Friedrich Ratzel

Friedrich Ratzel ( born August 30, 1844 in Karlsruhe, † August 9, 1904 in Sparrow land on Lake Starnberg ) was a German zoologist and geographer. He is considered the founder of the Human Geography, and Political Geography of diffusionism as well as an influential pioneer of geopolitics.


Friedrich Ratzel was the youngest of four children, his father Carl Ratzel, who served as a valet at the court of Karlsruhe Marquis. Sheltered and carefree he grew up in the Hofbeamtenfamilie. After completing school he started an apprenticeship as a pharmacist in Eichtersheim. After he had passed his 1863 pharmaceutical testing, he worked for several years as an assistant pharmacist. At this time, his interest grew on scientific and philological studies. He eventually studied at the age of 21 years, geology and zoology in Heidelberg, Jena, and Berlin. In 1868 he received his doctorate at the University of Heidelberg in zoology.

Lack of money eventually forced him from one of his destinations in southern France, to send his travel letters Mediterranean to the Cologne Gazette. Ratzel's travel reports were well received by the readership of the newspaper and he was permanent. He undertook further study trips to Italy, Cuba, Mexico, Hungary and the USA. 1871 Friedrich Ratzel went to the Technical University of Munich to continue his scientific studies. The geography gained more and more importance for him. 1875 closed Ratzel from his travels and began at the Technical University of Munich as a lecturer in geography. A year later he was awarded an extraordinary professorship in geography. During his time in Munich, he published, among other things, his works The Earth in 24 exoteric lectures on general geography (1881 ) and The United States of America ( 2 volumes, 1878-1880 ). His works were the beginning of human geography as a discipline.

1877 married Friedrich Ratzel a traveling acquaintance from England, Marie Wingens. 1879 and in 1881 his daughters and Hedwig Lila were born.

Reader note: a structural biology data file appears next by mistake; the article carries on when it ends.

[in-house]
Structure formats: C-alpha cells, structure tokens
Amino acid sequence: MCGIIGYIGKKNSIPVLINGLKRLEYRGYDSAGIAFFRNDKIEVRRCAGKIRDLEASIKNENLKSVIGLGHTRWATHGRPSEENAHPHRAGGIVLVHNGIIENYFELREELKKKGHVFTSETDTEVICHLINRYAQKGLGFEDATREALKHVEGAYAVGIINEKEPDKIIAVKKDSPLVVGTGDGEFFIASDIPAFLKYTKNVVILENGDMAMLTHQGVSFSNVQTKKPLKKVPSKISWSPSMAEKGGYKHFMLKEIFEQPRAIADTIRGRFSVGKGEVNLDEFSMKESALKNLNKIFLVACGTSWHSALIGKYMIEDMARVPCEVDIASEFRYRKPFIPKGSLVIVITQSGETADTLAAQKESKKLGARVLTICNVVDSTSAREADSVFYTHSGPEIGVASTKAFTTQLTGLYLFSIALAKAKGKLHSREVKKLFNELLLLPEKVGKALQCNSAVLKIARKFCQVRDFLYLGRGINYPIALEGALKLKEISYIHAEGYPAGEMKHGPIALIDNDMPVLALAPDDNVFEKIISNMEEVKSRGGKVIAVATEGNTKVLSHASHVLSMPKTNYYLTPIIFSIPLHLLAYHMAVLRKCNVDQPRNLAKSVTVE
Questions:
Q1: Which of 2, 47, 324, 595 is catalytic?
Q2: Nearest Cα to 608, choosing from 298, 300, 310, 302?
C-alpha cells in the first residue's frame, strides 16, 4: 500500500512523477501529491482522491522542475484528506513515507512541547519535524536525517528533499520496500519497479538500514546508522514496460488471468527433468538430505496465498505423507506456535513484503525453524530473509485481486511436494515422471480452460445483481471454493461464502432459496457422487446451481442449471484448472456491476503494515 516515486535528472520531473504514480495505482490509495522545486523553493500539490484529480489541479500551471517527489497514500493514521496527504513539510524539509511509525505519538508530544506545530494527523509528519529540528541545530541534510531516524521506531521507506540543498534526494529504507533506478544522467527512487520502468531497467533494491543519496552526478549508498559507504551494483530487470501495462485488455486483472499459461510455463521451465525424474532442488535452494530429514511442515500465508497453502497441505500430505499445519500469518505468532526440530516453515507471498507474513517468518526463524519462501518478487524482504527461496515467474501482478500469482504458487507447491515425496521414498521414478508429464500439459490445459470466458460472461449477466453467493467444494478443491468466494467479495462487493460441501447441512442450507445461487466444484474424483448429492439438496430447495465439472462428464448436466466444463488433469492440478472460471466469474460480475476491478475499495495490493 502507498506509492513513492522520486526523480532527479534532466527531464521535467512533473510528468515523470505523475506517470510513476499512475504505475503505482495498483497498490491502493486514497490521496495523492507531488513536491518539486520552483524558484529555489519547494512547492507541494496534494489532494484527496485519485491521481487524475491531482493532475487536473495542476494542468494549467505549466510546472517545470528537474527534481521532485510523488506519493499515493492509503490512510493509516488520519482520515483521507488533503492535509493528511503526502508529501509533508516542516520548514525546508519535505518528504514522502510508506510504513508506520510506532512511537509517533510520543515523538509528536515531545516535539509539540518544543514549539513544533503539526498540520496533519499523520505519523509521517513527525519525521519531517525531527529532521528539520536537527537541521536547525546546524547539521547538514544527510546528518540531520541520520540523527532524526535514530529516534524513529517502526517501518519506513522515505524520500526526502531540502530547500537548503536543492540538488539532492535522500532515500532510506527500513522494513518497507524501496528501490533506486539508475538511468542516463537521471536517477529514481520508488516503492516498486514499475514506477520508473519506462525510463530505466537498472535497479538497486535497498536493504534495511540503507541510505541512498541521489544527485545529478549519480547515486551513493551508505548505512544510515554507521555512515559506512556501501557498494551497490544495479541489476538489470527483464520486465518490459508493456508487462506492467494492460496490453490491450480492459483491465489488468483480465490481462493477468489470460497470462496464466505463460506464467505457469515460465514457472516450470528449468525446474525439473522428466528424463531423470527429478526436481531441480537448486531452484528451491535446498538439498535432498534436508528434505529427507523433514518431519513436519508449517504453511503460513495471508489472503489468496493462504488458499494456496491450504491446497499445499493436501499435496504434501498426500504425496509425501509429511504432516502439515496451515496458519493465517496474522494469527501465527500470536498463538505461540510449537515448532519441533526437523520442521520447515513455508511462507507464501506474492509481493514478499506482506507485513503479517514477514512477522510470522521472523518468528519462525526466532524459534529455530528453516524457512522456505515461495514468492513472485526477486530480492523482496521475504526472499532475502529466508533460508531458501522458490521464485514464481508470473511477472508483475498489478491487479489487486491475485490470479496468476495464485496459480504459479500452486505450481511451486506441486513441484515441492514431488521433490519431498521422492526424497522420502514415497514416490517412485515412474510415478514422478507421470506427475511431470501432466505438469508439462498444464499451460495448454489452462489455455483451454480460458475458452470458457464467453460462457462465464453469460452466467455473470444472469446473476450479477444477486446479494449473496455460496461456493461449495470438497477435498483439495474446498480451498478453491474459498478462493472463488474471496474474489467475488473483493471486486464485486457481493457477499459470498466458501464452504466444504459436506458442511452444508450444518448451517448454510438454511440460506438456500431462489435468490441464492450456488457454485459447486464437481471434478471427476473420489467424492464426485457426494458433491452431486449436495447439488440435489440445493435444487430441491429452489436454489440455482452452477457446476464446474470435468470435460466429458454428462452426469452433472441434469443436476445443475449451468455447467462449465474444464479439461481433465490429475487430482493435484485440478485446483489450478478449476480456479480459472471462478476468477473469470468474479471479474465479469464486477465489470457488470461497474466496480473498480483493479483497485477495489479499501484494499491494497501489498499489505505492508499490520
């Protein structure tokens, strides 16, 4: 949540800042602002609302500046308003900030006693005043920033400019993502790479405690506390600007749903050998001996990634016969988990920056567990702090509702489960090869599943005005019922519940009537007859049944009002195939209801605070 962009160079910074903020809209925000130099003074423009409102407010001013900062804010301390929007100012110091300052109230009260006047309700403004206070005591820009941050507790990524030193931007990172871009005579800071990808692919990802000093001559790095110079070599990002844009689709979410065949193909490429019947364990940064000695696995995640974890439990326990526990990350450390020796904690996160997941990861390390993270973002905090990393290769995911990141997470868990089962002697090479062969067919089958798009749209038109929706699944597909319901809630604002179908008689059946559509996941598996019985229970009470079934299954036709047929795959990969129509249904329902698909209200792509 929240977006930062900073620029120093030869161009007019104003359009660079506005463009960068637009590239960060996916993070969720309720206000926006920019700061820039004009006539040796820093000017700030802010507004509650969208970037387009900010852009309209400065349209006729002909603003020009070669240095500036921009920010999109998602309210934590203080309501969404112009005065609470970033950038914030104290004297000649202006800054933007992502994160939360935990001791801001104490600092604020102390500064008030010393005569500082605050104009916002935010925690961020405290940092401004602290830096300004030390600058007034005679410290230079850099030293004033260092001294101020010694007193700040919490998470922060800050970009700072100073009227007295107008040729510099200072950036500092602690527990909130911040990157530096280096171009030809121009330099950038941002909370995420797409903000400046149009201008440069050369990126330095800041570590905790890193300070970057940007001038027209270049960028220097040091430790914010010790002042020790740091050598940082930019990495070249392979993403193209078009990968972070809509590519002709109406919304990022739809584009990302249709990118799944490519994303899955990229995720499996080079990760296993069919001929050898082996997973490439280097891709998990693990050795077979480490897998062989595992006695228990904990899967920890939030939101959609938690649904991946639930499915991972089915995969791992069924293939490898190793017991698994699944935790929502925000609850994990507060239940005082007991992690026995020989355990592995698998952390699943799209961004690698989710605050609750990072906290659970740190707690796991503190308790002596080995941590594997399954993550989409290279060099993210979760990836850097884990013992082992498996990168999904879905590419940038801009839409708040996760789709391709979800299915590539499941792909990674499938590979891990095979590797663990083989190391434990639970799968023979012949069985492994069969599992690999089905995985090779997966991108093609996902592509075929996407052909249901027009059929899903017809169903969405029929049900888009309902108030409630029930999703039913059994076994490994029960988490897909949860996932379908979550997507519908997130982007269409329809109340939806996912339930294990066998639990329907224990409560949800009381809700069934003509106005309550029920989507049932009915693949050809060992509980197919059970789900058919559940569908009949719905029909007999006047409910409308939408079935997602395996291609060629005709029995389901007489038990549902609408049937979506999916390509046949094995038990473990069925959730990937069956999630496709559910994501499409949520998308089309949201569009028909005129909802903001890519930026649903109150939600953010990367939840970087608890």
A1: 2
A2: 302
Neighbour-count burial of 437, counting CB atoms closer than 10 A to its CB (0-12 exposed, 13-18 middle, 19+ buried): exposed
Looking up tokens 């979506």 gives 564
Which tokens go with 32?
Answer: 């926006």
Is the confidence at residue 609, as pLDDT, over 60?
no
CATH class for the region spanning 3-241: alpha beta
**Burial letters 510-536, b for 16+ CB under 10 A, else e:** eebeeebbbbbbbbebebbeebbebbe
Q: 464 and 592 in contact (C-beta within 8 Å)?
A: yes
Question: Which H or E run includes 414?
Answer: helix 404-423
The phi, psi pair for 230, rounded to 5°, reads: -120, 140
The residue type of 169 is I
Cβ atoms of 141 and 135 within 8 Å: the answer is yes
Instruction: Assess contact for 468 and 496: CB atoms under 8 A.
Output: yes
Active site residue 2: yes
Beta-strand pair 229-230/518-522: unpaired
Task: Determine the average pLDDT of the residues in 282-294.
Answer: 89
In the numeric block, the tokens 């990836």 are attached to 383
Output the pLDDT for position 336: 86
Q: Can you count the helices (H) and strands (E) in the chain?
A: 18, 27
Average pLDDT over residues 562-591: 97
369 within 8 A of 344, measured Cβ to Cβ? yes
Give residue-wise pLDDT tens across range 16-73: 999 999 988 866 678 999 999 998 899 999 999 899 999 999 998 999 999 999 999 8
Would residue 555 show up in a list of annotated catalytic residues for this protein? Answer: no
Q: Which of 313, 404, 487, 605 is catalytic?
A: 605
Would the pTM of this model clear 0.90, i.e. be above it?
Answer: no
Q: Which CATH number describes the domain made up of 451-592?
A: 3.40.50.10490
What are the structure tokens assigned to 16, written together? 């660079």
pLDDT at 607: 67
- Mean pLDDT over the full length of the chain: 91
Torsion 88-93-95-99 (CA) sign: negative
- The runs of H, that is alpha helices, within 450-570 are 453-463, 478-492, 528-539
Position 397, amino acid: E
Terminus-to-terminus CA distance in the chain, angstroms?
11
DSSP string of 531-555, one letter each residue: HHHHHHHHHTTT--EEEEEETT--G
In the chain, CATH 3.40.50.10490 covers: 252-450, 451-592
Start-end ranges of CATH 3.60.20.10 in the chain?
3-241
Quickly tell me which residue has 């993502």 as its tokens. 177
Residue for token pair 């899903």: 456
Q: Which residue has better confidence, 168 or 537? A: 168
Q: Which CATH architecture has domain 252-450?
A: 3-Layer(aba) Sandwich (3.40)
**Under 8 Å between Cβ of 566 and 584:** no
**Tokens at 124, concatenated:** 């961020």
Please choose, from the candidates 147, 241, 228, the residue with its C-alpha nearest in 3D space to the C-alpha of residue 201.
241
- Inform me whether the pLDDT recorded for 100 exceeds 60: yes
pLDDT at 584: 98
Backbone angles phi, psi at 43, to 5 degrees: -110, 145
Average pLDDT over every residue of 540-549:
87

1886 Friedrich Ratzel was appointed to the University of Leipzig. He was appointed Professor of Geography, who was standing by the departure of Ferdinand von Richthofen available. During the next 18 years Ratzel should conduct research and work in Leipzig. He found Influential friends in the political economists and historians Wilhelm Roscher, the chemist Wilhelm Ostwald and the psychologist and philosopher Wilhelm Wundt. He advocated for the expansion of the library and the expansion of the seminar business. Due to its popularity with the student body, the number of listeners to its geographical lectures increased rapidly. He was a member of several geographical societies as well as on the board of Leipzig Section of the German Colonial Society. He was also involved in the " Pan-German League " and the "Society for fleet policy ". In a study of 1901 he coined the term " habitat ", the later the Nazis made ​​it their own.

Even during the exercise of his scientific work and teaching, Friedrich Ratzel died shortly before his 60th birthday, on August 9, 1904, during his summer vacation on Lake Starnberg. At his birthplace in Karlsruhe (now Kaiser Road 123 ) in 1927, a memorial plaque attached.


Ratzel considered the founder of Human Geography and Political Geography. He entered with his human geography, which includes the human being in the geographical considerations, hitherto undiscovered territory. The description of the interactions between the Earth, nature and man saw Ratzel as the central task of the newly created discipline. This he hoped greater understanding relationships and regularities.

Ratzel was based on the unity of mankind:

"As far as the Earth is habitable for humans, so we find nations that members of the same humanity. The unity of mankind is thus the telluric or planetary feature that is pronounced the highest level of creation. There is only one human species, whose variations are numerous, but of small amount. "

As one of the most important pioneers of geopolitics in Germany Ratzel oriented strongly to the evolution theory of Charles Darwin and social Darwinism. For the description of the development of states he leaned on to essentialist terms, the state Ratzel compared with a biological organism. Growth ( and shrinkage ) of states he declared with the "law of increasing spaces." These ideas of Ratzel, who were later exploited by the geographer Karl Haushofer, regarded as an important impetus for the "living space" ideology of National Socialism.